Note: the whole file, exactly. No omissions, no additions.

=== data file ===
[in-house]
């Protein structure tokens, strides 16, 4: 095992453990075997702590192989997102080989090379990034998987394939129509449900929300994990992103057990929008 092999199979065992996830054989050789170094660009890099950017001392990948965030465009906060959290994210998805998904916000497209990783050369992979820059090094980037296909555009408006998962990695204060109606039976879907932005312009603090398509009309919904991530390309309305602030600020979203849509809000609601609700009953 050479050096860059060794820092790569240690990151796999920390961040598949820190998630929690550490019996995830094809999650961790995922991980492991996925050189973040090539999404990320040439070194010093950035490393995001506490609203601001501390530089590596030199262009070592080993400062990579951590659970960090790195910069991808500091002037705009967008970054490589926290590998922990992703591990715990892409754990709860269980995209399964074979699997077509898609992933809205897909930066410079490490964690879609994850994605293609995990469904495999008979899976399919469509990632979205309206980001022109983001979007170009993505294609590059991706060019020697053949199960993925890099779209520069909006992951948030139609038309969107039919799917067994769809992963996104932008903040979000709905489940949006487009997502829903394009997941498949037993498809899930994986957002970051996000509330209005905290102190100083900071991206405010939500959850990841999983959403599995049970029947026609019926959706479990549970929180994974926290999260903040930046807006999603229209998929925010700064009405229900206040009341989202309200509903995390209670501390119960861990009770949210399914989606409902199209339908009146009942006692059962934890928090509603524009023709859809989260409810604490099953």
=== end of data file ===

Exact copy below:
[in-house]
């Protein structure tokens, strides 16, 4: 095992453990075997702590192989997102080989090379990034998987394939129509449900929300994990992103057990929008 092999199979065992996830054989050789170094660009890099950017001392990948965030465009906060959290994210998805998904916000497209990783050369992979820059090094980037296909555009408006998962990695204060109606039976879907932005312009603090398509009309919904991530390309309305602030600020979203849509809000609601609700009953 050479050096860059060794820092790569240690990151796999920390961040598949820190998630929690550490019996995830094809999650961790995922991980492991996925050189973040090539999404990320040439070194010093950035490393995001506490609203601001501390530089590596030199262009070592080993400062990579951590659970960090790195910069991808500091002037705009967008970054490589926290590998922990992703591990715990892409754990709860269980995209399964074979699997077509898609992933809205897909930066410079490490964690879609994850994605293609995990469904495999008979899976399919469509990632979205309206980001022109983001979007170009993505294609590059991706060019020697053949199960993925890099779209520069909006992951948030139609038309969107039919799917067994769809992963996104932008903040979000709905489940949006487009997502829903394009997941498949037993498809899930994986957002970051996000509330209005905290102190100083900071991206405010939500959850990841999983959403599995049970029947026609019926959706479990549970929180994974926290999260903040930046807006999603229209998929925010700064009405229900206040009341989202309200509903995390209670501390119960861990009770949210399914989606409902199209339908009146009942006692059962934890928090509603524009023709859809989260409810604490099953």